7 comments on “Bad medicine: Doctor block fees

  1. Wow. Do doctors not make enough already? This is pretty disgusting, trying to take money from patients who would spend more by paying these fees than by paying for individual services. I've never even needed a doctors note or skin tag renewal, so I would definitely refuse and requests to pay these fees.

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  2. as always this is misrepresentation of physicians by non-physicians. do doctors make enough already , well in terms of inflation ? i make less than 20 years ago inflation adjusted. my average income increase is 1 percent per year over 30 years, not including when the rae government took back 10 percent for a few years.don't feel sorry for us, but get your facts straight, the above article was one-sided. thank you

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  3. I have administered these plans for a large number of doctors for a number of years. The letters stress that a patient's relationship with their dr. will not change no matter what decision they make and I have never had the experience of an office treating a patient differently. The letters indicate that the patients have a choice and when inquiries are made we always advise patients to review the list of services prior to making a decision. As representatives of the doctor, we have even talked some patients out of purchasing the plan as it does not appear to be to their benefit. Rather than again taking a hit at doctors for expecting to get paid for services rendered…lets educate people about taking responsibility and asking questions!!!!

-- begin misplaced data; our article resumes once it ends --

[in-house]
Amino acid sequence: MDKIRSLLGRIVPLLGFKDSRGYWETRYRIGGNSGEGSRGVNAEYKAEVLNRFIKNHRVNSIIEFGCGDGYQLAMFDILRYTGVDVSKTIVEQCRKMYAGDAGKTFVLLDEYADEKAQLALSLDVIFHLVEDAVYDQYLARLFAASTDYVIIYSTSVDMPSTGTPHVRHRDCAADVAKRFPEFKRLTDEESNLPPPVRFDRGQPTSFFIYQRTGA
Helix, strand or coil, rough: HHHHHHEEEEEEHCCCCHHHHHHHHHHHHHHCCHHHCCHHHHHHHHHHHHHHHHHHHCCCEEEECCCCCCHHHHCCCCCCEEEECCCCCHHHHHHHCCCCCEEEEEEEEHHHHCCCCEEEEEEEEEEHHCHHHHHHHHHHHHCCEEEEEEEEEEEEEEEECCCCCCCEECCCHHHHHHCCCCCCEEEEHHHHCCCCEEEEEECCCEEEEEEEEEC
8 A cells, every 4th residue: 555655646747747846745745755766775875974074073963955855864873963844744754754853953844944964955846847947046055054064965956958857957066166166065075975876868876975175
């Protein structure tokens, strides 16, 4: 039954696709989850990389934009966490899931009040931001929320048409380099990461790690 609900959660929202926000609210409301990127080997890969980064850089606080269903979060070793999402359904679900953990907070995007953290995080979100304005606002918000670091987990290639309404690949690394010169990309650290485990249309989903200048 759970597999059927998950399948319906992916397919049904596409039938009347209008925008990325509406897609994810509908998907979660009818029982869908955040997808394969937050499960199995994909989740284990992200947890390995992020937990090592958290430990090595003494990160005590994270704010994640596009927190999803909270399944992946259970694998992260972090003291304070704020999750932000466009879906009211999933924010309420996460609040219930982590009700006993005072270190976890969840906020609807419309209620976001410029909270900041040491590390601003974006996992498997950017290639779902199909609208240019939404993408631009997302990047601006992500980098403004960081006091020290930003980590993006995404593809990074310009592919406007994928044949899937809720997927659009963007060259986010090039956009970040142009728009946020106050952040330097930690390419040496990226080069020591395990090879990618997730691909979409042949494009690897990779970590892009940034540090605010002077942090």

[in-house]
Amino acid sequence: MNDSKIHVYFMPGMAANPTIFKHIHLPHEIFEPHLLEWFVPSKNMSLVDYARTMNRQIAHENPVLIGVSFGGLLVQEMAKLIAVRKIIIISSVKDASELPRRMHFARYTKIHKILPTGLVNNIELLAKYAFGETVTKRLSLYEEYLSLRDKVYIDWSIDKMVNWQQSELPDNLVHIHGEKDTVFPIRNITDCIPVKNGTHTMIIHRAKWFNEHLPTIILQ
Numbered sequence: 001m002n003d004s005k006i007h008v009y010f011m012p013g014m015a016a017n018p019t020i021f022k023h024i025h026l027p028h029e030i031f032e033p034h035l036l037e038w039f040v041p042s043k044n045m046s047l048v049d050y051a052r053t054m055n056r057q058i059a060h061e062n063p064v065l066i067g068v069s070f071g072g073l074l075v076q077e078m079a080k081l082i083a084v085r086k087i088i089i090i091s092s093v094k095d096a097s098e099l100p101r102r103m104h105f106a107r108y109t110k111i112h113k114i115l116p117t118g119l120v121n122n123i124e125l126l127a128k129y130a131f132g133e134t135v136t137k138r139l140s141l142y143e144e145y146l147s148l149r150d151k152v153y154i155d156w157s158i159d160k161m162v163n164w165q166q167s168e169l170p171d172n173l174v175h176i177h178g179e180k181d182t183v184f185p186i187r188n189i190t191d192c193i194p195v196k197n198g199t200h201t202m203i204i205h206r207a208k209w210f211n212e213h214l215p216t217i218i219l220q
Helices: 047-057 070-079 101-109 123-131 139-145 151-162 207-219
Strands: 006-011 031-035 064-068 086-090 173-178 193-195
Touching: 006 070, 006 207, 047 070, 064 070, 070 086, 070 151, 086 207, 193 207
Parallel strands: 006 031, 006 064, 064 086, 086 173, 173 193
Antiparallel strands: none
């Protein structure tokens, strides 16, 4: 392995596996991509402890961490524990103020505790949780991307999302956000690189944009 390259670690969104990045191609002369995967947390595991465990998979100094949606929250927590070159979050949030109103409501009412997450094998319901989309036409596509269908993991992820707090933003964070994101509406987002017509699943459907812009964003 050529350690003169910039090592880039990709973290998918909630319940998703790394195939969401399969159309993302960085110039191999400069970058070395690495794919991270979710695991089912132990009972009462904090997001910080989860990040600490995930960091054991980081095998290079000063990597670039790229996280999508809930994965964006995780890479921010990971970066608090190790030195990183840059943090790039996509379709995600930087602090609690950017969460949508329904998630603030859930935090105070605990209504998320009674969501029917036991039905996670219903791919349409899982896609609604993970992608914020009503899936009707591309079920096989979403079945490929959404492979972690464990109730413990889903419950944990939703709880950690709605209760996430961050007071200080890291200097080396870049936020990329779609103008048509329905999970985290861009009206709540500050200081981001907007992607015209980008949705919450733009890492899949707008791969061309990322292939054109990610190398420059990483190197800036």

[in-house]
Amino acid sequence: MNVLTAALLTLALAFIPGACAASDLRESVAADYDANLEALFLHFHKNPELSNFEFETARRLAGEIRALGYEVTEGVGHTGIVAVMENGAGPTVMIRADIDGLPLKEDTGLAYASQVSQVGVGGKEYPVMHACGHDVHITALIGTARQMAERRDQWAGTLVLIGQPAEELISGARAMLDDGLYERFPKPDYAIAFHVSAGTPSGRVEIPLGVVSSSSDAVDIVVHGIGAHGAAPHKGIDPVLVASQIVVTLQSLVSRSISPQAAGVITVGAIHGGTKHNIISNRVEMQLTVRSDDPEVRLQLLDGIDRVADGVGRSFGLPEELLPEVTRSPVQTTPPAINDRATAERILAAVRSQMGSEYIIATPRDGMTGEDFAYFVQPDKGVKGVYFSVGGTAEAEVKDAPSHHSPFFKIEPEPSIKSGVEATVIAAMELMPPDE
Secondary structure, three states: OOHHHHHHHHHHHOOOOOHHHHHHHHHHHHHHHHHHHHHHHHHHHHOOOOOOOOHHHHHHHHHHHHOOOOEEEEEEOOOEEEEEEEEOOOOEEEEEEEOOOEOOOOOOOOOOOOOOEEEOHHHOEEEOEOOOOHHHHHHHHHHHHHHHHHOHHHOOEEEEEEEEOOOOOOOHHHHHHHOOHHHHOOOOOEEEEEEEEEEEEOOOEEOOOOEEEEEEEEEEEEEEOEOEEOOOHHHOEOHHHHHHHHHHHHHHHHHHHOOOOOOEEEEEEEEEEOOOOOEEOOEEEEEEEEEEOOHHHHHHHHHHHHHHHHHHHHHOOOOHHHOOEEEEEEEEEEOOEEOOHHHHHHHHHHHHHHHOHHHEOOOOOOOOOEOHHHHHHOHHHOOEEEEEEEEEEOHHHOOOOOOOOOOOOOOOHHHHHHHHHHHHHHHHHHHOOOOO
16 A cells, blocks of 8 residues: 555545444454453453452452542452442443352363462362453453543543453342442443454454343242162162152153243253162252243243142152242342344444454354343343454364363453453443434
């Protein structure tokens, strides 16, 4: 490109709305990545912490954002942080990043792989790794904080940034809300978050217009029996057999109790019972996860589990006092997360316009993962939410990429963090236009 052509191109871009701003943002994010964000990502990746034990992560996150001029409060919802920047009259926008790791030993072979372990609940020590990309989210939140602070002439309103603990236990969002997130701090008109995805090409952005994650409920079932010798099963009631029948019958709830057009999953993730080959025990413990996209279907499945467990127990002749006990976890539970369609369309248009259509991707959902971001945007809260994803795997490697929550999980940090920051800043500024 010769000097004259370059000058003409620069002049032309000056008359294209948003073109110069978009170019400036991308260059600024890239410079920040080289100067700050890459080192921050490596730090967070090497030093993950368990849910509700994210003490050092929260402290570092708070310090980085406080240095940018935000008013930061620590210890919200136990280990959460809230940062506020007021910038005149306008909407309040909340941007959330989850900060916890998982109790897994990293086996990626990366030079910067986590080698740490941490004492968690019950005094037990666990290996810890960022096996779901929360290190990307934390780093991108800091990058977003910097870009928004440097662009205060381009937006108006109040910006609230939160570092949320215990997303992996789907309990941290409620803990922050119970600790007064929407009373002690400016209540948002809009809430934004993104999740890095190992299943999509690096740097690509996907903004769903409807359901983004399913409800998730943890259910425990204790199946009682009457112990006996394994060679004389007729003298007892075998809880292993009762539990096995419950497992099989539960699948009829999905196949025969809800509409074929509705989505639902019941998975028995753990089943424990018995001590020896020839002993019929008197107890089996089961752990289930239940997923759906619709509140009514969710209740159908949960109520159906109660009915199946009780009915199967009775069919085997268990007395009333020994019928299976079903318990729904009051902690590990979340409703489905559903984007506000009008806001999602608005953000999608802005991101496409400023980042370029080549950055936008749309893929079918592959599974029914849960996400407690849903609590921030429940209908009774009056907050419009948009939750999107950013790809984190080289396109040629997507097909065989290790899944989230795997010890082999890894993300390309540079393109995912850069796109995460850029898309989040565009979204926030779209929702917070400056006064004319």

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  4. How about us disabled people who are on a small pension and this fee is unfair for us to pay. My family doctor waived the fees for me right away and helps me out alot because I am disabled. Also elderly people can't afford such a fee either. Our pension just covers the basics like rent and food and travel to our many appointments. It also covers basic cable in my case and internet and phone. But it is very hard to pay for extra. Even a meal out taxes us when we pay 850 rent and so forth.
    I think doctors need to do more for the disabled like Dr. Pitt is for me. I thank God for him everyday and I also say thanks to Dr.Pitt too.

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  5. Darleneartist, i think not just elderly people can't afford this, but also a lot of young people as well. For a lot of young families even these mentioned 185$ can be a lot of money. What if the have several kids? In that situation it's even worse for them..

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  6. seeing that always this can be misrepresentation regarding doctors through non-physicians. complete medical doctors make sufficient already, nicely when it comes to inflation? my partner and i make under twenty years ago inflation modified. my own typical profits raise is actually 1 per cent per year over thirty many years, not including if the rae federal government required back again ten percent a couple of many years. tend not to feel sorry for individuals, but get a facts directly, these article ended up being one-sided.

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  7. Approved by the College of Physicians of Ontario: "Patients may need some services that are not covered by the Ontario Health Insurance Plan (OHIP). Examples of these types of uninsured services include sick notes for work; copy and transfer of medical records; and prescription refills over the phone.

    Physicians are entitled to charge patients for uninsured services, which take physician time and resources. To make it more economical and/or convenient for those patients who may use many uninsured services, physicians may offer patients a block fee. "
    http://www.cpso.on.ca/policies/policies/default.a
    An Atlanta pediatrician